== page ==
Hi there, A common use of GnuPG in scripts is to parse the output and process it as it comes. Therefore the following pattern is very common (at least in my code) when working with GnuPG::Interface. my $pid = $gpg->list_public_keys(handles => $handles, command_args => ...); while ($handles->{stdout}->getlines()) { # process line } waitpid $pid, 0; $handles->{stdout}->close(); This is fine as it doesn't involve anything complicated; however it's far more tricky when two IO::Handle objects have to be processed simultaneously, since IO::Select has to enter into the picture. Given that it's not so uncommon to have to process two handles at once (force instance the standard output and the status descriptor when editing a key), I propose to add the following method 'communicate' (heavily inspired from caff's 'readwrite_gpg' function [1]) to GnuPG::Handles objects. $handles->communicate( writefd => "Some data to write in\n" , readfd => sub { push @data, $_ } , OPTIONS ); * writefd (resp. readfd) are input (resp. output) data members of GnuPG::Handles objects. Possible values are qw/stdin passphrase command/ (resp. qw/stdout stderr status logger/). * When input data members are given, their value must be a scalar which is written to the corresponding handle. * When output data members are given, their value must be a reference to either a subroutine (used as a callback processing each line, bound as $_, which is read on the handle) or a regular expression (which is matched against each line read on the handle). If the callback returns a non-zero value, or if the regular expression matches the current line, then the method exits. * In list context, this method returns a hash where keys are the given output data members, and values are string representing the data read. * The only option is keep_handles_open (default: undefined) which, if set, don't autoclose the handles after writing/reading or when the callback aborts. Examples: # Dump output and status FDs: my %output = $handles->communicate(); print "Stdout is:\n$output{stdout}\nStatus is:\n$output{status}\n"; # Get the first public key found in a listing $handles->communicate( stdout => sub { if (/^pub:.:(?:[^:]*:){2,2}([^:]+):/) { $key = $1; return 1; } return; }); # Store all public key found in a listing: $handles->communicate( stdout => sub { push @key, $1 if /^pub:.:(?:[^:]*:){2,2}([^:]+):/; return; }); # Select the first UID when editing a key, and keep the handles open: $handles->communicate( command => "uid 1\n", status => qr/^\[GNUPG:\] GET_LINE keyedit\.prompt$/, keep_handles_open => 1); # Store all UIDs as well as attributes $handles->communicate( stdout => sub { push @uids, $1 if /^(?:uid|uat):.:.*:[0-9A-F]{40}::([^:]+):$/ return; }, status => sub { push @photos, {key => $1, size => $2, revoked => $3 & 0x02} if /^\[GNUPG:\] ATTRIBUTE [0-9A-F]{24}([0-9A-F]{16}) (\d+) 1 1 1 \d+ \d+ (\d+)$/ return; }); # Delete a sig in the keyedit prompt, but remember which: $handles->communicate( command => "yes\n", keep_handles_open => 1, status => qr/^\[GNUPG:\] GET_BOOL keyedit\.delsig\.(?:unknown|invalid|valid)$/, stdout => sub { push @sigs, $1 if /^sig:.::\d+:([0-9A-F]{16}):\d+:.*:(1[0-3]|30)[lx]$/ return; }); I attach a proof of concept (again, heavily inspired from caff's 'readwrite_gpg' function [1]). Feedback welcome. Thanks, cheers, -- Guilhem. [1]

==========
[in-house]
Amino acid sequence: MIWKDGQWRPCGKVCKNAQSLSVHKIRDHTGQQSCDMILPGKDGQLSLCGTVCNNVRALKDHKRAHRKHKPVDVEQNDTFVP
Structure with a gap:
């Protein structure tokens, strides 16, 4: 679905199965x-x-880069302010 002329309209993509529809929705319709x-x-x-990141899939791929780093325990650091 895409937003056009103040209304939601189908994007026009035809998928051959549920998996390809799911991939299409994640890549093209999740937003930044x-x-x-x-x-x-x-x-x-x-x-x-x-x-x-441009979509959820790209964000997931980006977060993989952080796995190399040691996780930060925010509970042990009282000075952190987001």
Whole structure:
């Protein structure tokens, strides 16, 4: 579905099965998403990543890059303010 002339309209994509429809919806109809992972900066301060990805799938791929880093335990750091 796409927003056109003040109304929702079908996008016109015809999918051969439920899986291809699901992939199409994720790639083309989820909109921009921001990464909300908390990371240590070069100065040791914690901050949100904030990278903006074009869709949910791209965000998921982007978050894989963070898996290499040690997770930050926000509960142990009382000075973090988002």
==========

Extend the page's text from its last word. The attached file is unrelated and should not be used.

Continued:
text/x-perl 2.2k